A Built-In Buddy

Features Uncategorized
by Eva Shimkus, Features Section Editor
Anna and Ari Zeren

Freshman Ari Zeren said that sharing many of the same friends has driven him and his twin sister, Anna, to participate in many similar activities.

“We still have our separate things that we’re doing without our friend group, but there are certainly parts of us that are focused inward because of what we do in our everyday lives,” he said. “Your friend group ultimately dictates what you do [and] what you’re interested in.”

Both Ari and Anna said that being in intersecting friend groups has fostered competition with each other. 

“We see each other a lot, so we can get really annoyed at each other,” Anna said. 

“I wouldn’t say it’s a want to feel better than your twin, but I think it’s a want to not be worse than your twin,” Ari said. “There isn’t much to be competitive about except board games, not to mention yesterday I crushed her in one.”

Renee and Adela Cronk

Freshman Adela Cronk said that the best part about being a twin is having someone to help her with homework.

“And just having a friend around,” her sister Renee added.

Getting along is where things often get difficult, they said.

“Our personalities just completely split, and they keep splitting as you get older,”  Adela said. 

“I feel like they split the most in middle school,” Renee added. “We have yet to see for high school.”

The twins, who are fraternal, are not often mistaken for each other, Adela said.

“A lot of kids don’t know that I’m a twin,” Adela said. “We’re each our own person throughout the day. I like that.”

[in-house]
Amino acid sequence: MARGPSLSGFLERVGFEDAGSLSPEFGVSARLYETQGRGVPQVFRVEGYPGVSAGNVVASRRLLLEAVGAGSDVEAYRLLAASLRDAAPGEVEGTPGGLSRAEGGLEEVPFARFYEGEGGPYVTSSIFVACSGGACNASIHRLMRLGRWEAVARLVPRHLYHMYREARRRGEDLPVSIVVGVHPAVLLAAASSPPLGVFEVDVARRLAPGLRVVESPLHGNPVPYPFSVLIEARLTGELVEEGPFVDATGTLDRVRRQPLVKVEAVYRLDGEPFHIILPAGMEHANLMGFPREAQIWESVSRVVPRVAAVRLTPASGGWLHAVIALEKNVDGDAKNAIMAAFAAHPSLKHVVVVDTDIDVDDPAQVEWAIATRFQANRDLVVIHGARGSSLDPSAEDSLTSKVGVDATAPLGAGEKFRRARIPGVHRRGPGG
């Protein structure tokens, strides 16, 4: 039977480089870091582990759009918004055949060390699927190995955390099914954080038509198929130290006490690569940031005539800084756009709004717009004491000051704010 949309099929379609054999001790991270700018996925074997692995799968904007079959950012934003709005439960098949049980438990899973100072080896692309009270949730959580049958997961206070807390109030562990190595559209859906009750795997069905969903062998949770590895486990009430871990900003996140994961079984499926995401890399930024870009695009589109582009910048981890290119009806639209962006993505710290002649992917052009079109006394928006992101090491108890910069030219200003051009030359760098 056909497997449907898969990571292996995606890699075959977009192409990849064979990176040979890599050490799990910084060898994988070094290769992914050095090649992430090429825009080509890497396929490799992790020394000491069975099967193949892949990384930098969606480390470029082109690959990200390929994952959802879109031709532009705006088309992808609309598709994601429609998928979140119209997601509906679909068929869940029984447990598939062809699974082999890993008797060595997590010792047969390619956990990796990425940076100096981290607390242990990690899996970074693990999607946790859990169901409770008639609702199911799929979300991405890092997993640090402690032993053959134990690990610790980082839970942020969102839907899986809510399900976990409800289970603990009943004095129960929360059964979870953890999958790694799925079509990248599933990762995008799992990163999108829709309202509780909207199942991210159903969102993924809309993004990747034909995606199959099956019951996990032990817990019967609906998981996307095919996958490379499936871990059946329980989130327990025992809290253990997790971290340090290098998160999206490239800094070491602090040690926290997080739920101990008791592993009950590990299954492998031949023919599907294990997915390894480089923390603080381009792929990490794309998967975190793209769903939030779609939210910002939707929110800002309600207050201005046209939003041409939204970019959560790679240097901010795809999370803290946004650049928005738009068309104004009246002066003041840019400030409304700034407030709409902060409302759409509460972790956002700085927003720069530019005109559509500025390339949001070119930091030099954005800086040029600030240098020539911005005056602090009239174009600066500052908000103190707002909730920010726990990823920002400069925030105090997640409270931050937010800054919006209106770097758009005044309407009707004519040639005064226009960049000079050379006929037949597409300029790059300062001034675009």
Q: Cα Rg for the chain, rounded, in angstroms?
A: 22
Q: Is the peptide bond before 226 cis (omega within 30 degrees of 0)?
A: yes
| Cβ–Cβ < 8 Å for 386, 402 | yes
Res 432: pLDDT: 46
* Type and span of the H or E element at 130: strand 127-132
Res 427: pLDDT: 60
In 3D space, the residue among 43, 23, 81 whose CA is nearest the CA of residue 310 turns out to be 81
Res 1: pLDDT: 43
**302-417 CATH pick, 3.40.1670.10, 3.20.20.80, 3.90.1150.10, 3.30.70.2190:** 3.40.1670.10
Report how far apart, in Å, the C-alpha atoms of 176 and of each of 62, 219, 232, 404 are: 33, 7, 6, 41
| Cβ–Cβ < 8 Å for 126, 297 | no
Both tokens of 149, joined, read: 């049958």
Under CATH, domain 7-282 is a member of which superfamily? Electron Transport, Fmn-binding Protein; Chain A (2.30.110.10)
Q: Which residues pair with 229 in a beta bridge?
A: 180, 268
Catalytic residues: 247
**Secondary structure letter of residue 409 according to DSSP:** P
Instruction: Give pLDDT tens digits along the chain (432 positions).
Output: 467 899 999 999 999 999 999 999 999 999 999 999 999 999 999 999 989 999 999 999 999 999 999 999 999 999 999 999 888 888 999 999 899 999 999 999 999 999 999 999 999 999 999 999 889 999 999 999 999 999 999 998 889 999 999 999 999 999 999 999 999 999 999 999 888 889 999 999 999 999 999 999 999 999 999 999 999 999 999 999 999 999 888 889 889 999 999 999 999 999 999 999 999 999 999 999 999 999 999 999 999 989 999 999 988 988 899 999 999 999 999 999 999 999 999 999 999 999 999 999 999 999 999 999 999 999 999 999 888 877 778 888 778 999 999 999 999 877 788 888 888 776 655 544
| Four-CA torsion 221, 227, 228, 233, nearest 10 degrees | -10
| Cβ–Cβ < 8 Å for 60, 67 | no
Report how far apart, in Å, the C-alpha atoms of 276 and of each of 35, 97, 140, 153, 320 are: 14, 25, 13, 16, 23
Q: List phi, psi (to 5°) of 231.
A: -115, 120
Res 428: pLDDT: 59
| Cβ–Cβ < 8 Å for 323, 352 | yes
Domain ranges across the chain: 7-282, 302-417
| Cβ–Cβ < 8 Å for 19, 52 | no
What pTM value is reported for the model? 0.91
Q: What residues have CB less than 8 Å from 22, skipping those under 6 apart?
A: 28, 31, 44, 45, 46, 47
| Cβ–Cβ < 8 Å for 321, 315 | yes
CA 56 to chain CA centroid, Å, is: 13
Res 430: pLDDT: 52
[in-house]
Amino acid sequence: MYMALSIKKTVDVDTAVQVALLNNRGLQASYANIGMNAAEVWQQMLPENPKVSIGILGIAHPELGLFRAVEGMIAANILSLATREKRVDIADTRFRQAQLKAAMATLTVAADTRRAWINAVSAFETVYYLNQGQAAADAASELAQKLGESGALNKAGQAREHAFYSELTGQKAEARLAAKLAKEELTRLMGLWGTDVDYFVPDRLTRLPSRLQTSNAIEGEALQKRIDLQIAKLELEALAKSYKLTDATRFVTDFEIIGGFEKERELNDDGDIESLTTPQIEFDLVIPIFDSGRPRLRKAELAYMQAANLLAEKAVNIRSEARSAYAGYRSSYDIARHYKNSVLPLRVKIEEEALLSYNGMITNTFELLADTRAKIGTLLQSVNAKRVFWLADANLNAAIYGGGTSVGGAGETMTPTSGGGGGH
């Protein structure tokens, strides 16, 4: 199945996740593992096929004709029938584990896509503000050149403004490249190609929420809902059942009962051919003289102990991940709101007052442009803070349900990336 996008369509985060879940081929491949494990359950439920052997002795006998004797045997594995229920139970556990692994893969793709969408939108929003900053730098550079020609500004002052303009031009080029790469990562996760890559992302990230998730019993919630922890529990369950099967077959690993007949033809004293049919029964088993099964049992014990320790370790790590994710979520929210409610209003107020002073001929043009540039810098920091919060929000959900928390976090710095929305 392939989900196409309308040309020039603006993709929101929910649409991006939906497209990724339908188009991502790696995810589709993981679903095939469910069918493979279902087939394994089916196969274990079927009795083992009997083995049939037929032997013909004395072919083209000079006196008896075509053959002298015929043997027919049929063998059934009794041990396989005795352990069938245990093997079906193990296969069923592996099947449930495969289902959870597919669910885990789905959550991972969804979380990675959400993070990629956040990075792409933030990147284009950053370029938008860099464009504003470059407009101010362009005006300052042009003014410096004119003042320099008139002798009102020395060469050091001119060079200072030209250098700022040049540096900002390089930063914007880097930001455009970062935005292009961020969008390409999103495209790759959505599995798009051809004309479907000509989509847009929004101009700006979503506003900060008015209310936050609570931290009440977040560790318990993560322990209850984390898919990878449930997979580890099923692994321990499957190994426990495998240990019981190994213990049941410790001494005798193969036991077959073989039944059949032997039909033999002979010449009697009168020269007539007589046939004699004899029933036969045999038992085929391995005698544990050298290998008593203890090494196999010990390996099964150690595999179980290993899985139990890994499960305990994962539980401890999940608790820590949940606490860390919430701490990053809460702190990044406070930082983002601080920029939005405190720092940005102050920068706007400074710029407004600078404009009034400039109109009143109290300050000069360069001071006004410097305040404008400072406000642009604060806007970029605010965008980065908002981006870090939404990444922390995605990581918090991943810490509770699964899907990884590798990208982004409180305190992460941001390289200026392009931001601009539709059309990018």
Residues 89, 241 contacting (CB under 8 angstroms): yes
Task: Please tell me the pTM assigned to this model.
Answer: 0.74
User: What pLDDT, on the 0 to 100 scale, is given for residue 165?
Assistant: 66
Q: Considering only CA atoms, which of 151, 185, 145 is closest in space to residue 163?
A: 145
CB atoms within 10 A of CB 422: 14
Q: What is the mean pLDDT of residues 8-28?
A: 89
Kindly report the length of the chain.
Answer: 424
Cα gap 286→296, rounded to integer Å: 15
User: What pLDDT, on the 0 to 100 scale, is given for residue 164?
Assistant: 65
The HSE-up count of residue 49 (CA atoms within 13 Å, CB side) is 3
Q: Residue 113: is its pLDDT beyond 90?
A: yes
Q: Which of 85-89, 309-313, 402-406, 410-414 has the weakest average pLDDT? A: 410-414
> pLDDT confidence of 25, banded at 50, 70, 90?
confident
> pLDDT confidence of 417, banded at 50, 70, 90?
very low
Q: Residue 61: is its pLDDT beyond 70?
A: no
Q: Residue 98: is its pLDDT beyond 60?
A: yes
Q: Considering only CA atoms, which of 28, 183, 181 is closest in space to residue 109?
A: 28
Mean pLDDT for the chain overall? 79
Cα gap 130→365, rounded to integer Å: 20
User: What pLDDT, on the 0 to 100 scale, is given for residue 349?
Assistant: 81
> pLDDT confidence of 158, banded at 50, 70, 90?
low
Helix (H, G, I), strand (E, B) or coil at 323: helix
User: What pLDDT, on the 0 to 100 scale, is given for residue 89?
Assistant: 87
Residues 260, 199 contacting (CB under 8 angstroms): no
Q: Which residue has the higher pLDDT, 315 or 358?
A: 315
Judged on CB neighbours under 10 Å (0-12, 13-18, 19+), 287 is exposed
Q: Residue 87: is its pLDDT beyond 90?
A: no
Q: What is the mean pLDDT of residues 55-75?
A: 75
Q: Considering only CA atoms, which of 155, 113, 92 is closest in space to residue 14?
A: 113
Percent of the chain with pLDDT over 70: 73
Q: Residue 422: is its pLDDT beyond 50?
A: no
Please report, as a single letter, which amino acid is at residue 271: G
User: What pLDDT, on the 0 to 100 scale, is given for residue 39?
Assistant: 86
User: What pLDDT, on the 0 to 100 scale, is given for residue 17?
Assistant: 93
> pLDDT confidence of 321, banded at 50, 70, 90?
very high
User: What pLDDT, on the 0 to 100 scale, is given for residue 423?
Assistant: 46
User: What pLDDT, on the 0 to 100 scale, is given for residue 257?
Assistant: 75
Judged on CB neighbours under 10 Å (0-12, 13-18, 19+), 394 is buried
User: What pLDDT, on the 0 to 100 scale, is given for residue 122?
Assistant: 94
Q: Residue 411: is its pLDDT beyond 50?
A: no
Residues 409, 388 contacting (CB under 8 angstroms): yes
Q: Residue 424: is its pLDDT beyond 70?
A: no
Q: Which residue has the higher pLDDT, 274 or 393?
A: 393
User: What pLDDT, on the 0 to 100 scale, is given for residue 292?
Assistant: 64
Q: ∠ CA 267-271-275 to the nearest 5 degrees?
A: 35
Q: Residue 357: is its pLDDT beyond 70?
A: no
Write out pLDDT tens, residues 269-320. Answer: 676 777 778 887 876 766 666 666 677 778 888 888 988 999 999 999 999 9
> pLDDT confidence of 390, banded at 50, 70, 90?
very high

Adele and Sylvie Spitz

Both coxswains on their respective rowing teams, identical sophomores Adele and Sylvie Spitz are no strangers to competition.

Last year, the two shared three classes, which Adele said increased their competition with each other.

“You always have a competitor, especially when we were in the same classes. We would see our grades, and one of us would be doing better in something,” Adele said. “You’re always together and always doing the same thing.” 

“It’s really easy to compare us because we’re the same almost, in a physical sense and in a mental [sense], and if you’re going to compare two people, it’s easiest to compare people who are the same from the outside,” Sylvie said. 

 This year, without classes together, they said they have grown individually and expanded their friend groups.

 “It’s better that we’re not in any classes,” Sylvie said. “We don’t see each other all the time every day, so when we get home from school or rowing we have more to talk about, and we’re not all together all the time, which is nice.”

“Because we’ve had different opportunities and we’ve done different stuff, we’ve grown apart in that way,” Adele said. “But also because we’ve done different stuff, we’ve been able to grow together and have more to talk about and relate to.”

Clara and Lucy Dutton

Aside from both being members of the science team, fraternal twin juniors Clara and Lucy Dutton said that they do not share many similar interests. 

“I’m a STEM person, and Lucy’s a humanities person. Sometimes we take different levels of the same classes. And I’m part of the DaVinci program, so [we] can’t be part of the same classes,” Clara said. 

Lucy said that the twins had more in common when they were younger.